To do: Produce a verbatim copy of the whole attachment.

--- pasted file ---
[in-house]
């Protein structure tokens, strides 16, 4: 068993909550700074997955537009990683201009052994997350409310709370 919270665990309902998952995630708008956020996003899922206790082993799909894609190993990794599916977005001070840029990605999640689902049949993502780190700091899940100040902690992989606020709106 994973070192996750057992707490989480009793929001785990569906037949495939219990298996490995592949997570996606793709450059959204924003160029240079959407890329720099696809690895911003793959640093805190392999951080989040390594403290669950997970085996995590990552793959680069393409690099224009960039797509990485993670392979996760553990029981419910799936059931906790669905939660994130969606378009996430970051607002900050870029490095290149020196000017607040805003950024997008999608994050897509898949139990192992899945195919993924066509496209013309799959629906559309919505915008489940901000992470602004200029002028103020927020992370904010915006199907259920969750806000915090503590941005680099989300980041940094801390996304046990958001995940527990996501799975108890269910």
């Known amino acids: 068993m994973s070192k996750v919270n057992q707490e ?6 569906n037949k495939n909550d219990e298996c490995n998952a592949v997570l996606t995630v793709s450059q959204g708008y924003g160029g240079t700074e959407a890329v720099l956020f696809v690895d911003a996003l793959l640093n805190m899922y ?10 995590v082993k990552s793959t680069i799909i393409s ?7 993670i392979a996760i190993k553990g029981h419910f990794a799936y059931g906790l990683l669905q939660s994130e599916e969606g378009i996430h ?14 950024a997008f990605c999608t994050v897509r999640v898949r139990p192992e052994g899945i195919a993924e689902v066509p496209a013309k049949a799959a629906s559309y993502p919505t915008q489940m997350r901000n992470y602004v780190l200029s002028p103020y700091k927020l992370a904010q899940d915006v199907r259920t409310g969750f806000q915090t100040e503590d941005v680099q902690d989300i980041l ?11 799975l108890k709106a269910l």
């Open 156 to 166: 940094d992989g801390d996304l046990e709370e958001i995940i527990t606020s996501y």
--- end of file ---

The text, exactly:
[in-house]
């Protein structure tokens, strides 16, 4: 068993909550700074997955537009990683201009052994997350409310709370 919270665990309902998952995630708008956020996003899922206790082993799909894609190993990794599916977005001070840029990605999640689902049949993502780190700091899940100040902690992989606020709106 994973070192996750057992707490989480009793929001785990569906037949495939219990298996490995592949997570996606793709450059959204924003160029240079959407890329720099696809690895911003793959640093805190392999951080989040390594403290669950997970085996995590990552793959680069393409690099224009960039797509990485993670392979996760553990029981419910799936059931906790669905939660994130969606378009996430970051607002900050870029490095290149020196000017607040805003950024997008999608994050897509898949139990192992899945195919993924066509496209013309799959629906559309919505915008489940901000992470602004200029002028103020927020992370904010915006199907259920969750806000915090503590941005680099989300980041940094801390996304046990958001995940527990996501799975108890269910």
């Known amino acids: 068993m994973s070192k996750v919270n057992q707490e ?6 569906n037949k495939n909550d219990e298996c490995n998952a592949v997570l996606t995630v793709s450059q959204g708008y924003g160029g240079t700074e959407a890329v720099l956020f696809v690895d911003a996003l793959l640093n805190m899922y ?10 995590v082993k990552s793959t680069i799909i393409s ?7 993670i392979a996760i190993k553990g029981h419910f990794a799936y059931g906790l990683l669905q939660s994130e599916e969606g378009i996430h ?14 950024a997008f990605c999608t994050v897509r999640v898949r139990p192992e052994g899945i195919a993924e689902v066509p496209a013309k049949a799959a629906s559309y993502p919505t915008q489940m997350r901000n992470y602004v780190l200029s002028p103020y700091k927020l992370a904010q899940d915006v199907r259920t409310g969750f806000q915090t100040e503590d941005v680099q902690d989300i980041l ?11 799975l108890k709106a269910l």
């Open 156 to 166: 940094d992989g801390d996304l046990e709370e958001i995940i527990t606020s996501y």